Let’s consider you are involved in a car accident and you may have been at fault for at least some of the damages. You and the other driver are both injured, your cars have sustained damage that lands them in a shop… what do you do and where do you turn? Now you can find out more about comparative negligence and how it can contribute to making certain determinations in your traffic accident. But first, you will need to understand how the system really works. Comparative and Contributory negligence can help make a determination of who was at fault for an accident. For now we will focus on comparative negligence, given under a specific situation.
What is Comparative Negligence?
When it comes to comparative negligence, each party’s specific negligence for a given injury is weighed when determining the involved damages. To the courts, contributory negligence is a total bar to the recovery of any damages – meaning, it’s pretty cut and dry. Under traditional laws, if a person had contributed to an accident in any way, that person was not entitled to compensation for their own injuries. However, thee outcomes for this approach were typically unfair. This is why most states have adopted comparative negligence approaches. Here are the two different kinds of comparative negligence:
- Pure Comparative Negligence: This is when the plaintiff’s damages are totaled and then reduces to reflect his or her contribution to the injury. You can take into consideration a scenario where a plaintiff was awarded $10,000 and the judge determined that the plaintiff was 25% responsible for the injury. Then, this person would be awarded $7,5000 as a result.
- Modified Comparative Negligence: This happens to be the most common approach. The plaintiff will not recover if he or she is found to be equally responsible or more responsible for the resulting injury. In order to recover damages, the plaintiff must not be more than 50% at fault from the injury.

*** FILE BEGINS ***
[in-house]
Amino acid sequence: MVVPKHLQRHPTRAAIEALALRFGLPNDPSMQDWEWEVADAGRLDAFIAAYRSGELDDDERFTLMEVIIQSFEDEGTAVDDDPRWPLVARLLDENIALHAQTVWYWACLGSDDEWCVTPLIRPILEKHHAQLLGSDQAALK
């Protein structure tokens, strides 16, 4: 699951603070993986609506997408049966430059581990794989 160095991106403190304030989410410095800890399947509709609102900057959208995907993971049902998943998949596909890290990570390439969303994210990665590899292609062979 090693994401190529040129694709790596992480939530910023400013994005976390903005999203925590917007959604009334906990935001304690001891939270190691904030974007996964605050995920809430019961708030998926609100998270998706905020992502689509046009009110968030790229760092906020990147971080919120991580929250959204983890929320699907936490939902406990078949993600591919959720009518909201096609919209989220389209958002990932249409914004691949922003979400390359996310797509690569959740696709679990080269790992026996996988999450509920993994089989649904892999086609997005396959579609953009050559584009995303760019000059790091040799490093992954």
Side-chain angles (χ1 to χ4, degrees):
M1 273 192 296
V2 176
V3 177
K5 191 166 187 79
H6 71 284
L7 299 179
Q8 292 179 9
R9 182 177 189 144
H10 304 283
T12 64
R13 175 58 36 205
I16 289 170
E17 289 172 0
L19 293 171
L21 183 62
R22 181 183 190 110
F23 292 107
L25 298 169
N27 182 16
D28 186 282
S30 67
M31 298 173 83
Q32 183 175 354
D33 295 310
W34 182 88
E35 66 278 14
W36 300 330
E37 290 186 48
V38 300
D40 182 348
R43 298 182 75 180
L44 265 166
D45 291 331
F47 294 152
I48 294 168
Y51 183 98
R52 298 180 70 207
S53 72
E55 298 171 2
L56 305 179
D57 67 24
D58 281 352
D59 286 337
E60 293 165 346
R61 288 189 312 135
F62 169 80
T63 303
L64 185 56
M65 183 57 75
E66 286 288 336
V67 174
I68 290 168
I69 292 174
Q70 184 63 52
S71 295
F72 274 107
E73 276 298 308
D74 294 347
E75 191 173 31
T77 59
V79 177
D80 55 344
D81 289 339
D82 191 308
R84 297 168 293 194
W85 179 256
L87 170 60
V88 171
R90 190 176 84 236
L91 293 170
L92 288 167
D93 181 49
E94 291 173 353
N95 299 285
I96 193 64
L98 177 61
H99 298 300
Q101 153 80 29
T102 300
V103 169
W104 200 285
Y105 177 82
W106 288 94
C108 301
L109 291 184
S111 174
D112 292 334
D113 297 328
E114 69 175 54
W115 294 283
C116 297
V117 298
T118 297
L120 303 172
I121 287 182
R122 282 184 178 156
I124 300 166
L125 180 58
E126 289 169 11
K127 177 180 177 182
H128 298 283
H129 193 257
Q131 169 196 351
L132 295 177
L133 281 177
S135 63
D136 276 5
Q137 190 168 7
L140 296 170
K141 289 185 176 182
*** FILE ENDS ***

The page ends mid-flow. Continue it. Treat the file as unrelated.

New Jersey Comparative Negligence Specifics
There are laws that are specific to New Jersey when it comes to these matters, as well. These laws are laid out under NJSA 2A:15-5.2. Under this system, as a plaintiff, you aren’t required to prove that the other driver was completely at fault to be able to recover damages (as mentioned previously). The 50% Modified Comparative Negligence rule applies in this state. Two things to take into consideration in these laws is the amount of damages recoverable by the injured party and the extent of each party’s negligence or fault.
New York, however, operates under a “pure comparative negligence” system. This means that, if an accident takes place in New York and the defendant was only 10% at-fault in the accident, the plaintiff will be able to sue and recover damages. However, in some regards, the two states are somewhat similar. This is because the New York system also reduces damages by the percentage of fault.
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If you have been injured or involved in a car accident and you were at partial fault, you will want to speak with an attorney. The laws are different for each state and various considerations may apply. Find out what you can do today in terms of comparative negligence. Contact MDL for a free consultation in New Jersey or New York.